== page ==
Systems thinkers always seemed to understand more of the world than I did. That’s what sparked my interest towards systems thinking. I too wanted to understand the world like they did.

I had (and still have) a hard time wrapping my brain around systems thinking. At the surface it’s completely obvious. Of course everything is a system. The company I work in is a system. The city I live in is a system. And of course we should look at the big picture. Yet there seemed to be so much more to it than that so I kept on delving deeper.

The first thing that stuck in my head was this quote I read from a source I no longer remember.

The sum of local optimums is not the global optimum.

Even if you take the best parts from all the cars in the world you won’t have the best car. You won’t even have a car, because the parts won’t fit. The local optimums (such as the best motor, best tires) do not amount to the global optimum (the best car).

In the best car some of the parts are suboptimal when examined in isolation. However, within the correct context (the car) they perform their specific function perfectly. They enable the global optimum.

This to me underlined why systems thinking is so important. If you want to improve performance you must look at the system, not the components.

“Until managers take into account the systemic nature of their organizations most of their efforts to improve their performance are doomed to failure.”

-Russell L. Ackoff

I still had trouble with the definition of a system. A city is a system, but optimizing a city is just a local optimum when looking at the whole country. And a country is a local optimum to the rest of the Earth. You can always scale up until you reach the ultimate system, the universe.

I learned that this is simply a matter of setting the boundaries and accepting that always optimizing for the universe can be overwhelming. However, despite not being able to optimize to the ultimate level, optimizing a company is far better than optimizing a department.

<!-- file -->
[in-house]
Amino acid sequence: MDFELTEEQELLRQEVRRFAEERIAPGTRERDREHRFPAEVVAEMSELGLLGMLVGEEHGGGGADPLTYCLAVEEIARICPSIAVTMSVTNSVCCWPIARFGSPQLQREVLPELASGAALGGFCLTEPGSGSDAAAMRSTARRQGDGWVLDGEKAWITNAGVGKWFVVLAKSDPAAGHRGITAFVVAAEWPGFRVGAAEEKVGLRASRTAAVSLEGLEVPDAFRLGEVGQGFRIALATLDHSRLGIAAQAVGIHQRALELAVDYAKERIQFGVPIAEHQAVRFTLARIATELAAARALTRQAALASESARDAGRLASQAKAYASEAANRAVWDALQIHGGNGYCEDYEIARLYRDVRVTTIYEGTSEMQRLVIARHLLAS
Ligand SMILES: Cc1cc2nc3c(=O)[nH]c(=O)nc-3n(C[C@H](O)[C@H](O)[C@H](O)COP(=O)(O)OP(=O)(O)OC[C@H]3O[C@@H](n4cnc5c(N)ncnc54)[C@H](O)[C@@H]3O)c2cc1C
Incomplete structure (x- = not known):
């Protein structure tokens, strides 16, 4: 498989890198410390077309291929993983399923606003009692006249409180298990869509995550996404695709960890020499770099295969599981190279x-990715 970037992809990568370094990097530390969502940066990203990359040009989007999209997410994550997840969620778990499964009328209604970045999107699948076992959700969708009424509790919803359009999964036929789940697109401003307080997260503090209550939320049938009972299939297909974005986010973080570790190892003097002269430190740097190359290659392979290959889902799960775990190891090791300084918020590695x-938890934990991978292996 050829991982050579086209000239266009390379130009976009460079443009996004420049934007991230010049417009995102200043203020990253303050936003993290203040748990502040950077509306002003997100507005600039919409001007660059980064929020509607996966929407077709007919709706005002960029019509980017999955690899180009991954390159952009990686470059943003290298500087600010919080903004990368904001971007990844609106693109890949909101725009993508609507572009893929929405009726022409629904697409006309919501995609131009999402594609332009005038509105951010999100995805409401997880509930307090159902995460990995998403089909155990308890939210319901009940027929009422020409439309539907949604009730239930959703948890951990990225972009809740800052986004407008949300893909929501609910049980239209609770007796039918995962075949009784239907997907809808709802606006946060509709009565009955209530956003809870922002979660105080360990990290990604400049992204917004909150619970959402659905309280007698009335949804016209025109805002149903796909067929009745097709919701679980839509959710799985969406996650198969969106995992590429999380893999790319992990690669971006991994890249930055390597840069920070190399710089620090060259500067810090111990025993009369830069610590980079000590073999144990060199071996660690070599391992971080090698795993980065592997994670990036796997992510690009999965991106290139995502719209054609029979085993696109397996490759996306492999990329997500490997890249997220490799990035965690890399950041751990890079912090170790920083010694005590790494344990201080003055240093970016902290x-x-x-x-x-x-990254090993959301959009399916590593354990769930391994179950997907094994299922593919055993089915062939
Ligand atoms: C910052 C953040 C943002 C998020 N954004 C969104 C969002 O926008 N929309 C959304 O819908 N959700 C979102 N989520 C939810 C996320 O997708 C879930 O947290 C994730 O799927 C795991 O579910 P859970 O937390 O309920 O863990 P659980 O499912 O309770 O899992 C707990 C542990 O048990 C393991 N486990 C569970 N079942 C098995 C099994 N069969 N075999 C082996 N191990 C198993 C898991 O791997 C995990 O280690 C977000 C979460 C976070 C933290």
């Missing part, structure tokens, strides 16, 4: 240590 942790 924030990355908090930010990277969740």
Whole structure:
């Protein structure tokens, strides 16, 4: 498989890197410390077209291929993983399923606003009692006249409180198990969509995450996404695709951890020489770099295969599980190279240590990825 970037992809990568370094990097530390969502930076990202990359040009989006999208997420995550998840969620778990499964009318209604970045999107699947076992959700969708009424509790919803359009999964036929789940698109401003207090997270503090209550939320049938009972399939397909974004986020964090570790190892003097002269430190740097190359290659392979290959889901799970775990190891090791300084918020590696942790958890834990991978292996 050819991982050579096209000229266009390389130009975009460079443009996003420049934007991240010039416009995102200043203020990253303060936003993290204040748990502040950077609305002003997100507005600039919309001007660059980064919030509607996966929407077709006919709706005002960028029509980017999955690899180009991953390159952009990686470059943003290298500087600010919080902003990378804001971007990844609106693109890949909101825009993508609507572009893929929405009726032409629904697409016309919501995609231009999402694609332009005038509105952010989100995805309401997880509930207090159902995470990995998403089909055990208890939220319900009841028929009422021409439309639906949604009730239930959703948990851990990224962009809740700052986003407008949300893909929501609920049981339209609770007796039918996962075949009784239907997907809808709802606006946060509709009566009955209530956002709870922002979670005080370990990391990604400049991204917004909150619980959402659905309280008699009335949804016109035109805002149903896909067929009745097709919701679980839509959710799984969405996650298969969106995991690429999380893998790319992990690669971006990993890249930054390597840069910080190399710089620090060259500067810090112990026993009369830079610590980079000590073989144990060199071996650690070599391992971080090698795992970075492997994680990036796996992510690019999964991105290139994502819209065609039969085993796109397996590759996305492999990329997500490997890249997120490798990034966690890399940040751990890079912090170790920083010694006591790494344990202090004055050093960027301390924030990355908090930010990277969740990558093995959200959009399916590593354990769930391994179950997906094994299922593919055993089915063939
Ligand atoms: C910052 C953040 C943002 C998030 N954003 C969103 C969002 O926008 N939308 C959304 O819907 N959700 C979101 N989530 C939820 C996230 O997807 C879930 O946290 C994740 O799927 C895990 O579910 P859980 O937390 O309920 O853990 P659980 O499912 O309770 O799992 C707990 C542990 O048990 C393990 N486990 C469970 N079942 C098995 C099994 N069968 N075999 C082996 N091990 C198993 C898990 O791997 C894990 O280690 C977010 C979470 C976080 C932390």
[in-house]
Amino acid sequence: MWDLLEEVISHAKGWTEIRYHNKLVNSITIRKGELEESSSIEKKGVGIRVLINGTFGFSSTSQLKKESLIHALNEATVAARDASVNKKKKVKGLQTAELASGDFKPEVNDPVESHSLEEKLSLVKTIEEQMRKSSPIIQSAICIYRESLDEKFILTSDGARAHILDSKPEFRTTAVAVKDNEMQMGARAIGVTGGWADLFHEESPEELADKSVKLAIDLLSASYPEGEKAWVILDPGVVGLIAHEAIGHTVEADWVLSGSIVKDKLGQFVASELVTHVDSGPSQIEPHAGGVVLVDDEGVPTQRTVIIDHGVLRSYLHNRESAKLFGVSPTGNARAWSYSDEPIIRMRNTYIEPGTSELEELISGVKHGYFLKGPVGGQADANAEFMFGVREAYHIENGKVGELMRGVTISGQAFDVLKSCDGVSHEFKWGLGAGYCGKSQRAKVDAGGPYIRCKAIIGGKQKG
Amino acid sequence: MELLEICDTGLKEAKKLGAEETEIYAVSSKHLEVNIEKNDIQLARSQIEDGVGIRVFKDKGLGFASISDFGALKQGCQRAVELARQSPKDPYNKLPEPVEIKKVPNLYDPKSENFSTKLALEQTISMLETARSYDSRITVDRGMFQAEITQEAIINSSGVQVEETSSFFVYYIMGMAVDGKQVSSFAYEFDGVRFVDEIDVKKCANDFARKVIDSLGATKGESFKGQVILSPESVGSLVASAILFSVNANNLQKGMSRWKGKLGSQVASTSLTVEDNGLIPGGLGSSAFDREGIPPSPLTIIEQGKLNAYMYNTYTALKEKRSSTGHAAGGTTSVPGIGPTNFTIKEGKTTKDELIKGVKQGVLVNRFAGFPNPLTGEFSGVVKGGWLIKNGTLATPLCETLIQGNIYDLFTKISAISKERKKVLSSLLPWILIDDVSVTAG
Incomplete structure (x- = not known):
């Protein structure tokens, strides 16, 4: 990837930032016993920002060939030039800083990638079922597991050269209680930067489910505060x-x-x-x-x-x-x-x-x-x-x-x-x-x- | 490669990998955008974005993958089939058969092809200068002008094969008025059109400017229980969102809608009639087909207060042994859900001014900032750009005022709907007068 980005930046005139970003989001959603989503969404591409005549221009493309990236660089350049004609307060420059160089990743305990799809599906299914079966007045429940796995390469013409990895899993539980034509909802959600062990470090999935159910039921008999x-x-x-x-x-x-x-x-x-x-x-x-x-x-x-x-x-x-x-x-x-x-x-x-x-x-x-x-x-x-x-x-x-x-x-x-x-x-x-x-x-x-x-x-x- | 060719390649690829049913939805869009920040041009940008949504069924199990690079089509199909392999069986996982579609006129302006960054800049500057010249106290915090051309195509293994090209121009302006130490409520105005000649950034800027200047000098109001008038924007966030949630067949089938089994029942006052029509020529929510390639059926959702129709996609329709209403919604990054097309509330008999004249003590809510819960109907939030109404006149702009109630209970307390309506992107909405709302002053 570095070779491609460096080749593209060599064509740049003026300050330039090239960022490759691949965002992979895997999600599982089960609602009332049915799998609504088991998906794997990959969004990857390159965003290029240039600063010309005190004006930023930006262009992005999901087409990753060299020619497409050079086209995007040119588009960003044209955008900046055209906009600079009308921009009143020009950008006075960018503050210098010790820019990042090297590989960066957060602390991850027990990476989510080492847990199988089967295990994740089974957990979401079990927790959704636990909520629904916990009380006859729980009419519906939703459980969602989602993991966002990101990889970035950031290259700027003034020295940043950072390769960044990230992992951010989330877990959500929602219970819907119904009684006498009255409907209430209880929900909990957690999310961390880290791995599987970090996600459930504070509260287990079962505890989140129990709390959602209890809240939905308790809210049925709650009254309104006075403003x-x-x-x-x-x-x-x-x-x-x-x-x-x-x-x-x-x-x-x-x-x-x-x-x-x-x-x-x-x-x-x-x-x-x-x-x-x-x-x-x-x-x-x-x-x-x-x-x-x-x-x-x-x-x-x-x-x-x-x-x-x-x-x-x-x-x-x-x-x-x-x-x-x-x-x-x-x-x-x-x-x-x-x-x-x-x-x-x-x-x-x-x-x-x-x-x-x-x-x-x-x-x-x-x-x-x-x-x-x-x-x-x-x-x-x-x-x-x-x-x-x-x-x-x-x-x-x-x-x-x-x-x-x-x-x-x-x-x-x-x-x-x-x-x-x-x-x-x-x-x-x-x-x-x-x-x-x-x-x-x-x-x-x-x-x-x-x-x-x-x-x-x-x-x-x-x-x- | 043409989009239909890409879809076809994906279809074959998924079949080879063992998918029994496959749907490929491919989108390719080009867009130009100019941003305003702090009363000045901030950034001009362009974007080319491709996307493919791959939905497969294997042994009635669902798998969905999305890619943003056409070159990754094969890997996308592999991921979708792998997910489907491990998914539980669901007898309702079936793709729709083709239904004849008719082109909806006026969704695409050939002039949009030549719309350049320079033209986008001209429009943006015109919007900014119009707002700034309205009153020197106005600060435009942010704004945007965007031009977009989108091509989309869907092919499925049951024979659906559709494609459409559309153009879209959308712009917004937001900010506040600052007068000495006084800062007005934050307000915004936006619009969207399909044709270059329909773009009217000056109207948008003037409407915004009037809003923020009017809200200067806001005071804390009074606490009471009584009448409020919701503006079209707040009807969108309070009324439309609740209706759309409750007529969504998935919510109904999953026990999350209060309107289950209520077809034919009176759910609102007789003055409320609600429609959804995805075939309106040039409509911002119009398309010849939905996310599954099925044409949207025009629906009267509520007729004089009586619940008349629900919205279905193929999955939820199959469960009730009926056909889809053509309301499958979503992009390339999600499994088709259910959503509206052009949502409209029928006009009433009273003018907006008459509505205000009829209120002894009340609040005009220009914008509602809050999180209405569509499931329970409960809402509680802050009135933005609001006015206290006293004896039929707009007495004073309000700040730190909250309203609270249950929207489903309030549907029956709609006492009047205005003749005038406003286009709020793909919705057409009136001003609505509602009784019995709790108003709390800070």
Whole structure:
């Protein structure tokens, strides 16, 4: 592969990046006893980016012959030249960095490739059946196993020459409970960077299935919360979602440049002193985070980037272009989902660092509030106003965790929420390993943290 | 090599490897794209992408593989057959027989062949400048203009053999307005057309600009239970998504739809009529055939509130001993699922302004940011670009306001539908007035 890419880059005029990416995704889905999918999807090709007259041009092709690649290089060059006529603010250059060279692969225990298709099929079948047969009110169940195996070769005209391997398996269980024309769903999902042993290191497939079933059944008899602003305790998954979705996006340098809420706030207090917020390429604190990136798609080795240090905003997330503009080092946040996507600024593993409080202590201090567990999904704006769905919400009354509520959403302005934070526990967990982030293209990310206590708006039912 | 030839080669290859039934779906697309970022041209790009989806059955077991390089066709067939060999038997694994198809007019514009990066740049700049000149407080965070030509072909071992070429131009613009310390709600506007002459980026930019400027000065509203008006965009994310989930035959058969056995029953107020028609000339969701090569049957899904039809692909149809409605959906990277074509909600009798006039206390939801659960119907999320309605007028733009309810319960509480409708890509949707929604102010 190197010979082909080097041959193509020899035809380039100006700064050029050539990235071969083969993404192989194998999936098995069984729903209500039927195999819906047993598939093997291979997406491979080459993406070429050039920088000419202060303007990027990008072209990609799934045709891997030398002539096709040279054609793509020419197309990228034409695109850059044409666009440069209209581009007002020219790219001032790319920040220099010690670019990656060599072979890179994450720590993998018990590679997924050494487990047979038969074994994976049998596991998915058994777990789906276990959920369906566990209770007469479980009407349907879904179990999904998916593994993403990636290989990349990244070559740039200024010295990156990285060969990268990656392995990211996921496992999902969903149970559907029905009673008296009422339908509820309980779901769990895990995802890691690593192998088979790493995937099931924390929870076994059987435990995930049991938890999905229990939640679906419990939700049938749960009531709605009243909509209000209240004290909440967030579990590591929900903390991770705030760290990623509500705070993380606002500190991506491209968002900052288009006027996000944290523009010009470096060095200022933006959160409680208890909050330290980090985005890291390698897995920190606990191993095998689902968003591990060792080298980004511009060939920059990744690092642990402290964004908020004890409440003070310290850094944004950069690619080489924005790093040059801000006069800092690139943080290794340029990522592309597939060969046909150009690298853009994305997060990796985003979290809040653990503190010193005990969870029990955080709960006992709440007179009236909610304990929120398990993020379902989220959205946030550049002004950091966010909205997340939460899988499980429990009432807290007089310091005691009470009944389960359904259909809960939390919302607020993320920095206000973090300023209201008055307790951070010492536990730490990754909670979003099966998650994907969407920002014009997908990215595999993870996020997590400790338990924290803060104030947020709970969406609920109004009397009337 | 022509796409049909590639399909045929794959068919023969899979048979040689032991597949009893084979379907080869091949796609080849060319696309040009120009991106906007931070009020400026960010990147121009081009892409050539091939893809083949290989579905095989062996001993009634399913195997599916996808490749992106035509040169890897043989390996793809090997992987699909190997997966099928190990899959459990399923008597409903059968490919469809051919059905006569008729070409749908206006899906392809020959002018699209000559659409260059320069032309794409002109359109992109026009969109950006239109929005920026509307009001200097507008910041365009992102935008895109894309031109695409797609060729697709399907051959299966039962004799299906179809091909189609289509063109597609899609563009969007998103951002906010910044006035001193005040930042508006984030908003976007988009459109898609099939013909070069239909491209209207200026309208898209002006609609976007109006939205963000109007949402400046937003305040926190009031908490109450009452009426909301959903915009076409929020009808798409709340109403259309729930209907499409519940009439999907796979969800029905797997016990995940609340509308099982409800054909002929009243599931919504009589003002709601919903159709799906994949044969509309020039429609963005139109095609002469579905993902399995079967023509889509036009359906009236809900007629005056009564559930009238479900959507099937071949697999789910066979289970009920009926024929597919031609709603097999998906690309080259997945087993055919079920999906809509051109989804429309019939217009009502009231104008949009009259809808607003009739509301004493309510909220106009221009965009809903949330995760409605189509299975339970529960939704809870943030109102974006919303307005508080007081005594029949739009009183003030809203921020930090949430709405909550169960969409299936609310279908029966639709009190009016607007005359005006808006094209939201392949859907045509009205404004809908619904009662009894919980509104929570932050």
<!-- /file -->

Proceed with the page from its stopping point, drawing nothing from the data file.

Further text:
My next epiphany was related to linear cause and effect. When I started looking at systems instead of components I realized how cause and effect are actually cyclical, not linear. In a system the components are deeply interconnected so when a cause creates an effect the effect also becomes a new cause.

In systems thinking cause and effect are cyclical, not linear.

When a country buys more guns the neighboring country perceives it as hostile activity. The neighbor starts running military drills near the border. This is perceived as hostile activity by the first country so they start buying even more guns. A reinforcing loop is born.

Whose fault is it? To find out you can try playing the kids’ game of asking “Why?” for everything. When the ultimate system is the universe, the ultimate cause is the Big Bang. Other than that assigning blame doesn’t really make sense when you look at things systemically.

In systems thinking there is no blame.

The organizations we work in are also systems. Most of the organizational dysfunctions we face are due to the system. The successes are also thanks to the system.

These systems are designed by people. In traditional hierarchical organizations only the top management can change the system. In modern organizations everyone is a system architect.

We can change the system. And we must use our power to do good, since the system is always stronger than the individual.

“A bad system will defeat a good person every time.”

- W. Edwards Deming

Systems thinking can be a vague and abstract concept, but I hope that this and my following blog posts will make it more concrete. To summarize, here’s my current understanding of systems thinking.

Systems thinking is about

  • looking at the whole instead of focusing on components
  • understanding components within their context, not in isolation
  • paying attention to the interactions between components
  • seeing cycles instead of linear cause and effect

Want to learn more? Check out a YouTube video of Ackoff talking about “Beyond Continuous Improvement”. It’s pure wisdom condensed into 12 minutes.